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Several Chiefs players join in protest by kneeling during anthem

Marc LaVoie
September 25, 2017 - 6:35 am
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The Kansas City Chiefs 24-10 win over the Los Angeles Chargers on Sunday was ugly, but not as ugly as the war of words surrounding NFL players and owners, and the president of the United States.

Several Chiefs players joined in a protest of racial inequality by kneeling during the national anthem. Two days before, President Trump, at an event in Alabama, indicated he would like to see NFL owners fire players who show disrespect to the flag.

NFL owners criticized the president's rhetoric.

Chiefs owner Clark Hunt issued a statement of his own:

“We are blessed in the National Football League to work with an outstanding group of players who, through their thoughtfulness and generosity, are deeply engaged in their communities. I believe in honoring the American flag and supporting all of those whose sacrifices protect the many freedoms we have in this country, including the right to have differences of opinion. Sports have long been a unifying force - especially in challenging times - and hatred and division have no place in our game. As a nation, we face serious challenges, and I believe as Americans, each of us has a responsibility to engage one another with empathy and humility to gain better understanding of ways we can work together to solve these difficult issues.”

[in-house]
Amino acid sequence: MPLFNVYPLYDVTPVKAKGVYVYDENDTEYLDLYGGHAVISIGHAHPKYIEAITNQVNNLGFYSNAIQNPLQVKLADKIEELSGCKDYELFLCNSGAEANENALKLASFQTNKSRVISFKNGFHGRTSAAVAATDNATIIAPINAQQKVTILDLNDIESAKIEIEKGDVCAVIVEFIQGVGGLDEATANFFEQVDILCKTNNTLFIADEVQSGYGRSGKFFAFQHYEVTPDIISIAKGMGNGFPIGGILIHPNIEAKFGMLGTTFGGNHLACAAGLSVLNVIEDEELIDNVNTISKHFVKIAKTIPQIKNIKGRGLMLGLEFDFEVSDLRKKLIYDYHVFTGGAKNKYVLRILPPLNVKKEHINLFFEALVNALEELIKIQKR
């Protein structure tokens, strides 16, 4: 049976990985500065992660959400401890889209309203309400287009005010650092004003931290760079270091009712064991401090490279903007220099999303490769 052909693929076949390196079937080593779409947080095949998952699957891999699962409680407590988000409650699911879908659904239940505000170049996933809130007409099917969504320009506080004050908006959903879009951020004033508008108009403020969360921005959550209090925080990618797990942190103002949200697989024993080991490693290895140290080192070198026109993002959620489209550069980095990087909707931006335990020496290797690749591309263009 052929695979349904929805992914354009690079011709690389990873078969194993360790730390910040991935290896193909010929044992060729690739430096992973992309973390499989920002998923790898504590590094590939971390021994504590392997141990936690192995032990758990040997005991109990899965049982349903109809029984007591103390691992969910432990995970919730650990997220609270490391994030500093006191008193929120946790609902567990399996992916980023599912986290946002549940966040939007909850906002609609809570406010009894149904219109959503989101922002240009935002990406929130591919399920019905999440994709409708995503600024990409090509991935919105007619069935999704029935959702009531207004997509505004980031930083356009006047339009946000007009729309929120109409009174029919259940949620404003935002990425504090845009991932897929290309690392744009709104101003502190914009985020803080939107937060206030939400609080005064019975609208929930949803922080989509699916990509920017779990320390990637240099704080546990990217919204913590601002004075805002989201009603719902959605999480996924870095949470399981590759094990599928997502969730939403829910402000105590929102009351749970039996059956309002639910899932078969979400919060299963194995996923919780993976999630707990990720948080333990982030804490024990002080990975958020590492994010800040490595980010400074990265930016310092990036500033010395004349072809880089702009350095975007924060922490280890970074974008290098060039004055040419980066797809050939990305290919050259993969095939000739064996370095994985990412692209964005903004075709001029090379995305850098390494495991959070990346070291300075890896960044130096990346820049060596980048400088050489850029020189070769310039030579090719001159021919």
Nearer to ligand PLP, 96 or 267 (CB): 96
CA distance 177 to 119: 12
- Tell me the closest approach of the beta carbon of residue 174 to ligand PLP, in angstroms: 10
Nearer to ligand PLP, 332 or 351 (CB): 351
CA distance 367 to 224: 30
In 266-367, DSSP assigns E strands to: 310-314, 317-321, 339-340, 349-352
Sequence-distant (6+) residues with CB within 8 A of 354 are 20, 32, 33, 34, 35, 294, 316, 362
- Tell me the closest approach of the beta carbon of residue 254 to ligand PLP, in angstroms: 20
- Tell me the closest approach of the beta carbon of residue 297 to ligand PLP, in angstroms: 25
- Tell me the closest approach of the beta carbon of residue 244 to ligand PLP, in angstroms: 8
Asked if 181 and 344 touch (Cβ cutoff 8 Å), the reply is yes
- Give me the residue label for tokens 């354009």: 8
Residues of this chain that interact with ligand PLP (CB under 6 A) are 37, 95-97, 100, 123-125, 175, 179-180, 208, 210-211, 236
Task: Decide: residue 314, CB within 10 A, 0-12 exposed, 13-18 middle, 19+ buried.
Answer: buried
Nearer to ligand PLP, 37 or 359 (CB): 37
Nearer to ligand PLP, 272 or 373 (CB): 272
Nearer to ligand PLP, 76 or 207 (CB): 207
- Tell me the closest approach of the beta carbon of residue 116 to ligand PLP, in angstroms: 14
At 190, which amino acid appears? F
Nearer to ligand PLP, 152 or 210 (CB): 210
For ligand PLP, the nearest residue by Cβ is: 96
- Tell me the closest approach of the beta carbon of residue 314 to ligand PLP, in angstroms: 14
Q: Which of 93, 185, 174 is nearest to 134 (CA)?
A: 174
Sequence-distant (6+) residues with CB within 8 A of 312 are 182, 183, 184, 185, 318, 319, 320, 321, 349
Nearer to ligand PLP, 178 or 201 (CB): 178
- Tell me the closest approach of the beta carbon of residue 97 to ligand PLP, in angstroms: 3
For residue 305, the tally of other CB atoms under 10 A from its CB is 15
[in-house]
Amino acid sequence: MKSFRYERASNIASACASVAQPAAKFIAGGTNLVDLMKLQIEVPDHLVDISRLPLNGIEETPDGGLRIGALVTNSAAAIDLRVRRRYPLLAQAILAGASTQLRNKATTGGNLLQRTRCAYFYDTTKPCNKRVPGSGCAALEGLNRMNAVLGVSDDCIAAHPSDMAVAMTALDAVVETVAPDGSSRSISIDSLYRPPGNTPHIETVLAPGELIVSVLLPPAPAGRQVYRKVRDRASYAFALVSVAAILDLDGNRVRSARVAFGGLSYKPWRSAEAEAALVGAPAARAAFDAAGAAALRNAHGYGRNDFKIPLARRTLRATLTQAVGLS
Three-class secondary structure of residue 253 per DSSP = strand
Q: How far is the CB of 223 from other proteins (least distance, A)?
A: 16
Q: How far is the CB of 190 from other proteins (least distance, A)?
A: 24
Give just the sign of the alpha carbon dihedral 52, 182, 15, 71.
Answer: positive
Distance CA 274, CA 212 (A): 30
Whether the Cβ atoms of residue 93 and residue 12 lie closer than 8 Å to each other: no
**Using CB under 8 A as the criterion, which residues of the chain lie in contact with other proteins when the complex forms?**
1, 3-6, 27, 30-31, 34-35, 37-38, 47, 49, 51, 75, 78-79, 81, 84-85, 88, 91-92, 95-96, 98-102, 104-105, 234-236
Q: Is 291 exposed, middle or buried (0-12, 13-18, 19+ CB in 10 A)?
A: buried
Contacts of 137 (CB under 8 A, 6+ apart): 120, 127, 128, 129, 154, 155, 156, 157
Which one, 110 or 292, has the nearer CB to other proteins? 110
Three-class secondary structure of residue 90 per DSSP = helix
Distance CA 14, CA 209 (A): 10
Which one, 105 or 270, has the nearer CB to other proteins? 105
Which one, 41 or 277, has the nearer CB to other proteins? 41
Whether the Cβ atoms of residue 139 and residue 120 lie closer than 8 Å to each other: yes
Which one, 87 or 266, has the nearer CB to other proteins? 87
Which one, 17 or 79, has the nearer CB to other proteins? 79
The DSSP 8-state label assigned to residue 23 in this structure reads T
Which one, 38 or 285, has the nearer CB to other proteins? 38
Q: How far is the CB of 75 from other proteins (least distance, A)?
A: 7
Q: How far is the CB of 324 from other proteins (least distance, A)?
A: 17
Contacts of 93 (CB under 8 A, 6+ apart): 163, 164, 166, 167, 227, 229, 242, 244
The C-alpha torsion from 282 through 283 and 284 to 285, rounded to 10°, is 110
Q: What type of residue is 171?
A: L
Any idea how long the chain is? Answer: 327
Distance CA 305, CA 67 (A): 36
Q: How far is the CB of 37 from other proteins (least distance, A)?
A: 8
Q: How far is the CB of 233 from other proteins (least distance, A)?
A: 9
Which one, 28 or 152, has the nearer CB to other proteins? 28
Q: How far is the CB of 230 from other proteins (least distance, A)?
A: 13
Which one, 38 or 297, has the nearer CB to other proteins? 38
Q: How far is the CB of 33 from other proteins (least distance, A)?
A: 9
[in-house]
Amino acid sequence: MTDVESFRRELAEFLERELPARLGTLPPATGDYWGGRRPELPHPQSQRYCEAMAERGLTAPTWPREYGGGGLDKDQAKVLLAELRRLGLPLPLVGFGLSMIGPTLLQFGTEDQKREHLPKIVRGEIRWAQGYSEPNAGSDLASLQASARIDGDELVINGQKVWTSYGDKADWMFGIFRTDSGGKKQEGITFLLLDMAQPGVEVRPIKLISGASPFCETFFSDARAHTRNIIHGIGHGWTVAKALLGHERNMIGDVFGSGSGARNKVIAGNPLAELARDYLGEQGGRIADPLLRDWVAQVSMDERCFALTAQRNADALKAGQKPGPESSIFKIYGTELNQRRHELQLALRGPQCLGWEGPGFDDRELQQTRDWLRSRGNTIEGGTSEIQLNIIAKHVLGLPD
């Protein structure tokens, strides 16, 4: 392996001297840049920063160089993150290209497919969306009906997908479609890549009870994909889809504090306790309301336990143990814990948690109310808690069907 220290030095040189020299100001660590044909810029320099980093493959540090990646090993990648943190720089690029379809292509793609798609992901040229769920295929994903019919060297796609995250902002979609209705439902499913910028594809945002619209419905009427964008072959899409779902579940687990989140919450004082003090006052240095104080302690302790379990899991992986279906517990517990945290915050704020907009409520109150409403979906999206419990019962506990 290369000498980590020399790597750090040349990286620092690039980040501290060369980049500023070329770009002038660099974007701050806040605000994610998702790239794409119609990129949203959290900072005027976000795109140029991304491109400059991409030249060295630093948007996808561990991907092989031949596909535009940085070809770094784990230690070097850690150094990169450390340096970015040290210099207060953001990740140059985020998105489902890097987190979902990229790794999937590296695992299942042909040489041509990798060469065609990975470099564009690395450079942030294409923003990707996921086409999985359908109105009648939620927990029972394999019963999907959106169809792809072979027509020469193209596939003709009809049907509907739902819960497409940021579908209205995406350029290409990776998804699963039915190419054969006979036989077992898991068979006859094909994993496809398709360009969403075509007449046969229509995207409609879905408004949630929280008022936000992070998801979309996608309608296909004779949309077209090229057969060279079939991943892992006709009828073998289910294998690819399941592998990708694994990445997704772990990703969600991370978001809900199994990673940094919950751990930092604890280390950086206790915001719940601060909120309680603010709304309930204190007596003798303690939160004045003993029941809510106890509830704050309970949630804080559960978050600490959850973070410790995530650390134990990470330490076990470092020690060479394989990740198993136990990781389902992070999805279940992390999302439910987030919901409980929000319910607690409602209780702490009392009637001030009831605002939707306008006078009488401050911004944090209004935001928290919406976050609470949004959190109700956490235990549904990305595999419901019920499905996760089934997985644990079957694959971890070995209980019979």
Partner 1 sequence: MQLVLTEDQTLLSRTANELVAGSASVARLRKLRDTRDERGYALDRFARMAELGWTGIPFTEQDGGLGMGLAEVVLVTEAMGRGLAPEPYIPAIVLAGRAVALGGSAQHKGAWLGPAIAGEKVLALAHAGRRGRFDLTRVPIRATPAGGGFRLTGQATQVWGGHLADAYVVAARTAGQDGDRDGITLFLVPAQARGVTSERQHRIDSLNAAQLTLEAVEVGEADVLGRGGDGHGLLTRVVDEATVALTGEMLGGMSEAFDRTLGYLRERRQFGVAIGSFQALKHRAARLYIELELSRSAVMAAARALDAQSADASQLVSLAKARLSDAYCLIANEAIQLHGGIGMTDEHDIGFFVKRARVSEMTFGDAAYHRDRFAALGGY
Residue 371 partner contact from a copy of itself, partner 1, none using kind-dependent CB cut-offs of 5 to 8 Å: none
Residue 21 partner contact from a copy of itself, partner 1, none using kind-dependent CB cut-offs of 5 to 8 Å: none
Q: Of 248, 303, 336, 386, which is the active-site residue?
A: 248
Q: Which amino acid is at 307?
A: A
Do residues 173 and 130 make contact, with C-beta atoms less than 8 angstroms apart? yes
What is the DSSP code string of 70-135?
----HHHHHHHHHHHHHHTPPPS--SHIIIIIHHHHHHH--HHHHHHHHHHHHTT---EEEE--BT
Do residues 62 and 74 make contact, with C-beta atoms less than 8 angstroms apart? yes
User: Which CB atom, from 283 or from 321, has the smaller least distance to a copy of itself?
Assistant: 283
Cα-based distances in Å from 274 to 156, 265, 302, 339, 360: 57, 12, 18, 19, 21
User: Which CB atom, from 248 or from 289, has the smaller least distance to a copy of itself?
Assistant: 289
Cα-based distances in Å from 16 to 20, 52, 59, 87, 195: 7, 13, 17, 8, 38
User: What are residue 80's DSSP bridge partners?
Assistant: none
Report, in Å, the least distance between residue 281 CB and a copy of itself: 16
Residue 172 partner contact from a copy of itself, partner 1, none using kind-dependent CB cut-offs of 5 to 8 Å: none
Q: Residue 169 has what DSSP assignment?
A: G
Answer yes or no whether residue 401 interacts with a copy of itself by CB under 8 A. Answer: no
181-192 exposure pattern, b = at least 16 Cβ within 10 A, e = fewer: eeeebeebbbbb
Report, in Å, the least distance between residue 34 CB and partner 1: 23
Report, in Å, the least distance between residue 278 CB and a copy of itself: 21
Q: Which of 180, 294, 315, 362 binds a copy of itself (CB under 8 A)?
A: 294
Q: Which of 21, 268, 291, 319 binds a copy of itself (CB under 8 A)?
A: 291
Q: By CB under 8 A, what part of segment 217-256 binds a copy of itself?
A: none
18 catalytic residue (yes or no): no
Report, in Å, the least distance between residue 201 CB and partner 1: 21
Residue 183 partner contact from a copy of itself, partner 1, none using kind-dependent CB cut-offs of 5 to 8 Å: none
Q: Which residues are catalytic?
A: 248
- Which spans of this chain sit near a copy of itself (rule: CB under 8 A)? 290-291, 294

Hunt's statement was not enough to please Bob Fescoe, morning host on Kansas City's 610 Sports.

"I thought it was a very cowardly statement by Clark Hunt," Fescoe said. "He didn't take the side of his players like most of the owners did. I think Clark Hunt handled this situation the way he handles everything, with no side. I think he played it like a politician."

Fescoe said he would stand for the anthem, but he understands why the players are kneeling.

Among the Chiefs players who chose not to stand during the Star Spangled Banner was linebacker Justin Houston, who did not protest, but knelt on both knees to pray. Cornerback Marcus Peters took a knee and added a clenched fist in the air.

Elsewhere in the NFL, the entire Pittsburgh Steelers football team stayed in the locker room during the Star Spangled Banner, except for one. Offensive lineman Alejandro Villanueva, a West Point graduate and Army veteran, stood alone, hand on his heart. 

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